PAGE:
MSU graduate researcher, Allison Zahorec, is a PhD student in Dr. Doug Landis’s lab in the Department of Entomology at Michigan State University. Allison Zahorec holding a core of soil taken out of a wheat field at the LTER. Photo by Kurt Stepnitz. When one envisions a typical midwestern farm, ‘biodiversity’ is hardly the first thing that comes to mind. Compared to more natural landscapes, agricultural lands can seem like ecological dead zones. Yet even the most intensively managed corn monocultures are teeming with life belowground. A few teaspoons of soil can contain over a billion

Diving deep into soil: Reflections from an undergrad researcher

Kellogg Biological Station (KBS) LTER 2019 undergraduate summer researcher, Aista Sall, from University of South Florida. She wrote about her KBS LTER Research Experiences for Undergraduates (REU) project working in Dr. Steve Culman's lab at the Wooster Campus of The Ohio State University. KBS LTER REU Aista Sall (left) Hiking at Mohican State park located in Ashland, OH county. The midwest has always been a place I wanted to visit, due to its natural beauty and wide range of activities that it offers. So when the opportunity presented itself for me to do a dual Research Experience fo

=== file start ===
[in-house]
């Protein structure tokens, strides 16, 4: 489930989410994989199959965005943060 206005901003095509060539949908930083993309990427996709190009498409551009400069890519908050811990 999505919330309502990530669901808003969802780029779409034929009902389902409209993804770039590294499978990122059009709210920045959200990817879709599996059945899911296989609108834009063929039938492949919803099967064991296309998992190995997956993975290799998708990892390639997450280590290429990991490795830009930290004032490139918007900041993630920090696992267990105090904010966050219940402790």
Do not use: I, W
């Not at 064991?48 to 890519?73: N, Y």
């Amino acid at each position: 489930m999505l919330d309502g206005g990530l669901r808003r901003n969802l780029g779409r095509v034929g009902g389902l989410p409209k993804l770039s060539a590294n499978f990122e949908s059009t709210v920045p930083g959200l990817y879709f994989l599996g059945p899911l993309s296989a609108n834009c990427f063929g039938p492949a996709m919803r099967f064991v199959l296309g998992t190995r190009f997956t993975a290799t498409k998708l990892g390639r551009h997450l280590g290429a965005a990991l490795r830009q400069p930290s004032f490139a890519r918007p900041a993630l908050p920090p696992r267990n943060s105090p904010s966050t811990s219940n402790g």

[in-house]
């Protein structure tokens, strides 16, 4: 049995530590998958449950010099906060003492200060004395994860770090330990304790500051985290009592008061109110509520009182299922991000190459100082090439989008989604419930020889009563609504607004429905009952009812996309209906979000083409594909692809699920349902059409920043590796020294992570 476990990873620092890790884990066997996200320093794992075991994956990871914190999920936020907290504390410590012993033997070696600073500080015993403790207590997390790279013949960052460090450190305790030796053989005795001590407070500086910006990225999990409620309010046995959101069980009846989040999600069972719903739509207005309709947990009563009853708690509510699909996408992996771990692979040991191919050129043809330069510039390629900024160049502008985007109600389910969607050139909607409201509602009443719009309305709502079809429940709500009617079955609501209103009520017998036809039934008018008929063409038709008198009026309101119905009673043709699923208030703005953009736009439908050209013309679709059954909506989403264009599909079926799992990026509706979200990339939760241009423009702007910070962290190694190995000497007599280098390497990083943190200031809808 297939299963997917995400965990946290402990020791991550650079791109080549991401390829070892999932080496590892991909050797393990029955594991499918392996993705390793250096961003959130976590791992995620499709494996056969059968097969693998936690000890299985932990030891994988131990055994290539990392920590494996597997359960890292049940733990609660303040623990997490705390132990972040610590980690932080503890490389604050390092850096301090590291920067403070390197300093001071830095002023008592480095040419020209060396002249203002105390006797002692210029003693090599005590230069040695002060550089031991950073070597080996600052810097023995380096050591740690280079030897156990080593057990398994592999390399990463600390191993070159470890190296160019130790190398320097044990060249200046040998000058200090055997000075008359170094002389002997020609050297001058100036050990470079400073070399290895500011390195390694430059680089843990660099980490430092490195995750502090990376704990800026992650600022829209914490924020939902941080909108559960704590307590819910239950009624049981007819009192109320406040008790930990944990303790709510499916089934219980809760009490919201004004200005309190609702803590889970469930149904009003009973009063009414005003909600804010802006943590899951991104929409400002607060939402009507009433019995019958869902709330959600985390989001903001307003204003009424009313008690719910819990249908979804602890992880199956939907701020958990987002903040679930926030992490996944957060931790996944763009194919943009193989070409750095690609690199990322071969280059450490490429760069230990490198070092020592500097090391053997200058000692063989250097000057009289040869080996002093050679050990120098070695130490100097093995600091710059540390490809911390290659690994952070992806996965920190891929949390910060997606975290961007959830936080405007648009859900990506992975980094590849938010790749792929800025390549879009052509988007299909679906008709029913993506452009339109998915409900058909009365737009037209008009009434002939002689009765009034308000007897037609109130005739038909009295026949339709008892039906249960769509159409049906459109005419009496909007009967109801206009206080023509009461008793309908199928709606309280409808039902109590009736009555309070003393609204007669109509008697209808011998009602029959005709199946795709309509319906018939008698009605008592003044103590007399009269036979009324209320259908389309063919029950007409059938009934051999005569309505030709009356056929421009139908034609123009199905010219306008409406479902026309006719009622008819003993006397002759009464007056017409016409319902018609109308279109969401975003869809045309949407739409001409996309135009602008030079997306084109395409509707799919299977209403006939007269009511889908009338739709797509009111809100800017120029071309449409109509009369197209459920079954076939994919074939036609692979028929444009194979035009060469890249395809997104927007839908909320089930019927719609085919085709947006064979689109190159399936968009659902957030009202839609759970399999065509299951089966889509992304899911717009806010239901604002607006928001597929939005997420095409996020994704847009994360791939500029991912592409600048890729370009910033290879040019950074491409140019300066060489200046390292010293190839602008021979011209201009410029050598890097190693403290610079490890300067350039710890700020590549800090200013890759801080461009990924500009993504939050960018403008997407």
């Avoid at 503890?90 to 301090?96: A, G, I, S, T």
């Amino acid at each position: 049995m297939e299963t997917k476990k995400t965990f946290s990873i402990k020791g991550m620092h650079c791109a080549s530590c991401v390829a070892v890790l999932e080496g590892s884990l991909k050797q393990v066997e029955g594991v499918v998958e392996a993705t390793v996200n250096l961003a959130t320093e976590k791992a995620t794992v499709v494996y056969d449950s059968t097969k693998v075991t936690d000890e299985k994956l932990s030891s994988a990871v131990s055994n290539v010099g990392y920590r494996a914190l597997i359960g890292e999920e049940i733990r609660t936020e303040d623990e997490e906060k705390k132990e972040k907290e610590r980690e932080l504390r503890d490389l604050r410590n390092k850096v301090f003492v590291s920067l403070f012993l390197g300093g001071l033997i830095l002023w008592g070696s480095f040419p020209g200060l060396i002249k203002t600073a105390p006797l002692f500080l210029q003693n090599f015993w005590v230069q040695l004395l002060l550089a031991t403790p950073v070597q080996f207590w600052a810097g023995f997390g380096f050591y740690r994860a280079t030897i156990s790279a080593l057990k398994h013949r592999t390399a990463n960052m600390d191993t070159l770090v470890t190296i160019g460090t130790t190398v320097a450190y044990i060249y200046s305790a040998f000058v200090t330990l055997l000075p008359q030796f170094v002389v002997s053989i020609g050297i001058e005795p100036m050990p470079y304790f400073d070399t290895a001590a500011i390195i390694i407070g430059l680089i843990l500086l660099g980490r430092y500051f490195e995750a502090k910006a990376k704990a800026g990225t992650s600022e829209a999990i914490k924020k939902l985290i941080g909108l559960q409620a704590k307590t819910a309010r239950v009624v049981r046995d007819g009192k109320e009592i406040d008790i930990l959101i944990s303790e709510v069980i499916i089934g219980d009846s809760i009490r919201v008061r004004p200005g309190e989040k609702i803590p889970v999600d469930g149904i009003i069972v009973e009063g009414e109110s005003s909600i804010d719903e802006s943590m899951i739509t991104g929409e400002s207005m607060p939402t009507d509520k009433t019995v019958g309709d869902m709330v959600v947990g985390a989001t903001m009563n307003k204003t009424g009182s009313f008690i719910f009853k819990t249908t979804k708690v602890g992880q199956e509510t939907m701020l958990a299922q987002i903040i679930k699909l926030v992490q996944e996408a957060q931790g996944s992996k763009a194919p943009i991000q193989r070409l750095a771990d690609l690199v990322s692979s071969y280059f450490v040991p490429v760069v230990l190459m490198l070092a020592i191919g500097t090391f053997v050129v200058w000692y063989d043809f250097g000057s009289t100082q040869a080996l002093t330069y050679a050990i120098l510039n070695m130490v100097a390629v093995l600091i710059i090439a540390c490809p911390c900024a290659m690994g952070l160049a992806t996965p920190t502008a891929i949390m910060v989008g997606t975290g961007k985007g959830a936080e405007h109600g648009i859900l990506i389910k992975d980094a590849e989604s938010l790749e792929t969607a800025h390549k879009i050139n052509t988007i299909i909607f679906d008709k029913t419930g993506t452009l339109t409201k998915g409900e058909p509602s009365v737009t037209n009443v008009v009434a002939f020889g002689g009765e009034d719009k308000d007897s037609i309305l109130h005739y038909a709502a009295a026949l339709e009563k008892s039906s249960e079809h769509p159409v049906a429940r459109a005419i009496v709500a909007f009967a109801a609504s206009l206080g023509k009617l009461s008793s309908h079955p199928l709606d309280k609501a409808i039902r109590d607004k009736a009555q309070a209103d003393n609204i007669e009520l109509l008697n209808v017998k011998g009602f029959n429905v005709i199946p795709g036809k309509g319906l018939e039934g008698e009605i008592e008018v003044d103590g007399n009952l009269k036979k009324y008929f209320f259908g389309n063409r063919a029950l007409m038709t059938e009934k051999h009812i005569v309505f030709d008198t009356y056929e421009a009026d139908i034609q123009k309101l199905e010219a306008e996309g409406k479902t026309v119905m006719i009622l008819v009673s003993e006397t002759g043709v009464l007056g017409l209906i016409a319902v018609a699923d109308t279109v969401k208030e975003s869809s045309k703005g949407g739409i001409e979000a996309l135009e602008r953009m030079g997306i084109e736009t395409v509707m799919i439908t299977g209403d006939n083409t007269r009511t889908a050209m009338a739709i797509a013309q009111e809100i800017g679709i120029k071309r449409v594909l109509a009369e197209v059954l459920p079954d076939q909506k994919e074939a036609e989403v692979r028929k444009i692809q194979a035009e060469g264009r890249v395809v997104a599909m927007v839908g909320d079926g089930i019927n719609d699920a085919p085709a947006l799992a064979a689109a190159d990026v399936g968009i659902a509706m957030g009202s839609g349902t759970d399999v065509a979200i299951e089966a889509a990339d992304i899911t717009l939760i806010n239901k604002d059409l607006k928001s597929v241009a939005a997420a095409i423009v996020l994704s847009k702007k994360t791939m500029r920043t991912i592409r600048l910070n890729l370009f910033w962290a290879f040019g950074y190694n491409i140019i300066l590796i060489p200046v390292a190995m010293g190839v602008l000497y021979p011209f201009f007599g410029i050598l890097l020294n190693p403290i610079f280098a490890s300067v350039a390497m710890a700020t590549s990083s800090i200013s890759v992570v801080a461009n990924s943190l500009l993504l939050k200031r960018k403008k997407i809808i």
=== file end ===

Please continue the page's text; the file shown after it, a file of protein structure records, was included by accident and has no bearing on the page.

Educators gather for Soil Health Field Day at KBS

The following post is by Ava Garrison, graduate student in Jeffrey Conner's lab and Science Education and Outreach Fellow at the Kellogg Biological Station. Sarah Evans and Corinn Rutkoski use a rainfall simulator to show how different soil treatments can affect water runoff and groundwater. Educators from across Michigan gathered at KBS for the 2019 LTER Soil Health Field Day, which took place on Wednesday, September 11. The day began with the driving question: how can we as educators share soil health science with our students? The attendees, who were educators from all grade levels